Now, we can create an instance of the Rectangle class and set its properties:

var newRectangle = new Rectangle { Width = 10, Height = 5 };

However, we can’t modify these properties later:

newRectangle.Width = 15.0;

This gives us a compiler error.

Static Properties

Similar to the fields, we can add access modifiers to properties to control their accessibility. We can also declare properties as static using the static keyword. For example, we can add a static ScalingFactor property to the Rectangle class:

public static double ScalingFactor { get; set; } = 1.0;

Because static properties are bound to the class itself, rather than a specific instance, we can directly access them without instantiating a class:

Rectangle.ScalingFactor = 2.0;

Now, let’s create a CreateScaledRectangle() method to apply scaling:

public Rectangle CreateScaledRectangle()
    return new Rectangle(Width * ScalingFactor, Height * ScalingFactor);

Finally, let’s create another Rectangle and scale it:

var newRectangle = new Rectangle { Width = 10.5, Height = 5.5 };
var newRectangleScaled = newRectangle.CreateScaledRectangle();

Console.WriteLine("Dimensions of the new rectangle after scaling: "
    + $"{newRectangleScaled.Width} X {newRectangleScaled.Height}");

We observe that the scaling factor we set previously (2.0) is applied to the newRectangle object, even though we did not set a scaling factor during its construction:

Dimensions of the new rectangle after scaling: 21 X 11

This is because there is only one instance of the static property across all instances of the class within the same application domain.

Virtual and Abstract Properties

A property can be declared as virtual by marking its accessor using the virtual keyword. Virtual properties allow inheriting classes to override them using the override keyword. With virtual properties, we can provide a default behavior for the property in our class but still allow inheritors to define specific behavior.

We can also declare a property as abstract, but this can only be done within an abstract class. Abstract properties do not provide an implementation in the base class but rather require deriving classes to provide an implementation.

Difference Between Properties and Fields

The major differences between properties and fields in C# lie in their accessibility, encapsulation, and the level of control they provide over data access.

Accessibility and Direct Access

Fields provide direct access to data and are often declared with keywords like private, public, or protected to specify their visibility. They lack the protective mechanisms of encapsulation, making them directly accessible from outside the class.

Properties, on the other hand, encapsulate data and control access through accessors. This allows for more controlled visibility and modification of data.


Fields lack encapsulation, meaning they can expose data without any inherent protection or validation, like a field with public access modifier which allows for direct access from outside the class.

Properties encapsulate data, enabling us to control how we access and modify the data. For example, by using validation logic we can ensure that we only set valid and desired data.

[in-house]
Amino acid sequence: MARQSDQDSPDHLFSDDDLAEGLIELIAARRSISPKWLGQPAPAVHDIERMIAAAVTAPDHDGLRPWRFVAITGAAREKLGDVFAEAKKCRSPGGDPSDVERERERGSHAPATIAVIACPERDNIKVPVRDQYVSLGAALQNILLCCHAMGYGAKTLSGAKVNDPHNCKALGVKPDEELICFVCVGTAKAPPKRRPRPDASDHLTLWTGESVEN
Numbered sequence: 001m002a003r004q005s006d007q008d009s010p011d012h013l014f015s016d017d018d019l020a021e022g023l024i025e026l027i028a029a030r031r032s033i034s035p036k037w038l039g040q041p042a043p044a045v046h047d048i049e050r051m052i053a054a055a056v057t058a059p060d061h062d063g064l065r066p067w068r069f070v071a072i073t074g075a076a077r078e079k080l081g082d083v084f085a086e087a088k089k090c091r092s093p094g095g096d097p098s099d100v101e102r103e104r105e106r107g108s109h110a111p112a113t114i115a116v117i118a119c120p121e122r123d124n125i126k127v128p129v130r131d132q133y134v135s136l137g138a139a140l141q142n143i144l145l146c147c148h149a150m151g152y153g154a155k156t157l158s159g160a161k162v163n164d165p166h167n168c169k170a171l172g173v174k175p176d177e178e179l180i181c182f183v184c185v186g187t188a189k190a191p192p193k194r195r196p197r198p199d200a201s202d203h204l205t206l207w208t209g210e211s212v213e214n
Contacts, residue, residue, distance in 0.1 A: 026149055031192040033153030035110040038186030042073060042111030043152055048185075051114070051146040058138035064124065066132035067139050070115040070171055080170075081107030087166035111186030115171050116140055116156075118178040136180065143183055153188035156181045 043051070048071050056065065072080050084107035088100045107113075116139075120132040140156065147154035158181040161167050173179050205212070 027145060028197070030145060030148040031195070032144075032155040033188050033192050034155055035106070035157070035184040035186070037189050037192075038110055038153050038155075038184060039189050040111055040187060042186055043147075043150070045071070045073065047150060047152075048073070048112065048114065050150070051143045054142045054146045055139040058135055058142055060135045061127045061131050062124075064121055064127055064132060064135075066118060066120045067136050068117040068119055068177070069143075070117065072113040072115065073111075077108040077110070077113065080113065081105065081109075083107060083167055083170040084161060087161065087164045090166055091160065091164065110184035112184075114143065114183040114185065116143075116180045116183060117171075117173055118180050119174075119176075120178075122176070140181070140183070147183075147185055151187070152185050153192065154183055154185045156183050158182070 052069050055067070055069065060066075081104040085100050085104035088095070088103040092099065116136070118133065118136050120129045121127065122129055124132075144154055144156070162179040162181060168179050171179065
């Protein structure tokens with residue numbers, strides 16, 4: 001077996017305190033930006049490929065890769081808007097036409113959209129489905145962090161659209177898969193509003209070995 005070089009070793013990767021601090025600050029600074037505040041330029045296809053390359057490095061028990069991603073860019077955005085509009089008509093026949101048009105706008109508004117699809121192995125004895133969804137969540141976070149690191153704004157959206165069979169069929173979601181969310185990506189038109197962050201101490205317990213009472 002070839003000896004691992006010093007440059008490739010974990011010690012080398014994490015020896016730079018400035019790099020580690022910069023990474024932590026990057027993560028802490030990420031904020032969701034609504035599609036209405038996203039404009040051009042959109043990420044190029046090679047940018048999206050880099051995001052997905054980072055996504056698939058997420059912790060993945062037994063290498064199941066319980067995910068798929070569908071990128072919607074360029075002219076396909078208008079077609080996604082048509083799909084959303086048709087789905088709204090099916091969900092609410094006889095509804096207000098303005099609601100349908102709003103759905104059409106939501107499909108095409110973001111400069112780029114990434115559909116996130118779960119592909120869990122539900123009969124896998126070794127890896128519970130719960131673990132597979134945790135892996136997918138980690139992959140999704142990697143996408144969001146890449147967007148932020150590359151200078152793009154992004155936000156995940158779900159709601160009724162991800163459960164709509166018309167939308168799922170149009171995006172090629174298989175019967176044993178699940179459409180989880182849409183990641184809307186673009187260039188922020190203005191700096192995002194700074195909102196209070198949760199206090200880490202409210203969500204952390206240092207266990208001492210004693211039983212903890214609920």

Usage of Get and Set Accessors

We access the fields directly without the need for explicit accessors. Whereas, properties utilize get and set accessors, allowing for additional logic during access or modification. For instance, we can introduce a validation logic for a rectangle’s width:

public double Width
    get => _width;
        if (value < 0)
            throw new ArgumentException("A Rectangle can't have negative width",

        _width = value;

This is only possible using properties.

When To Use Properties and Fields

One of the main differences between Properties and Fields involves data encapsulation. Another major difference is regarding computations or validations we may wish to perform when data is read or written. Both of these are things we need to consider when choosing between exposing our data as a Field or as a Property.

Difference Between Properties and Fields Regarding Encapsulation

Because Fields provide direct access to data they are suitable when simple data access is a priority. Fields are useful for a simple domain model and other scenarios where we don’t need to perform extra validation on the values within our application. Because of the direct access to the data, the caller of our class or struct can directly modify the internal state of the object. 

On the other hand, Properties allow us to control access to the underlying data structure while also providing a means for additional validation or computation. This encapsulation allows us to ensure that our object maintains a valid internal state.

Difference Between Properties and Fields Regarding Computed Values

While Fields provide simple and direct access to the underlying data, Properties have the added advantage of allowing us to perform computations on the data before either setting or returning the value.

For example, we may have a class modeling the temperature. Internally we store the value in Kelvin. We can then provide Property accessors which will enable callers to both get and set the value in either Fahrenheit or Celsius, something that would not be possible with direct Field access.


In this article, we learned about fields and properties in C#. We looked at how to use them and when to use one over the other. The choice between them depends on the desired level of control and encapsulation for a particular data member within a class.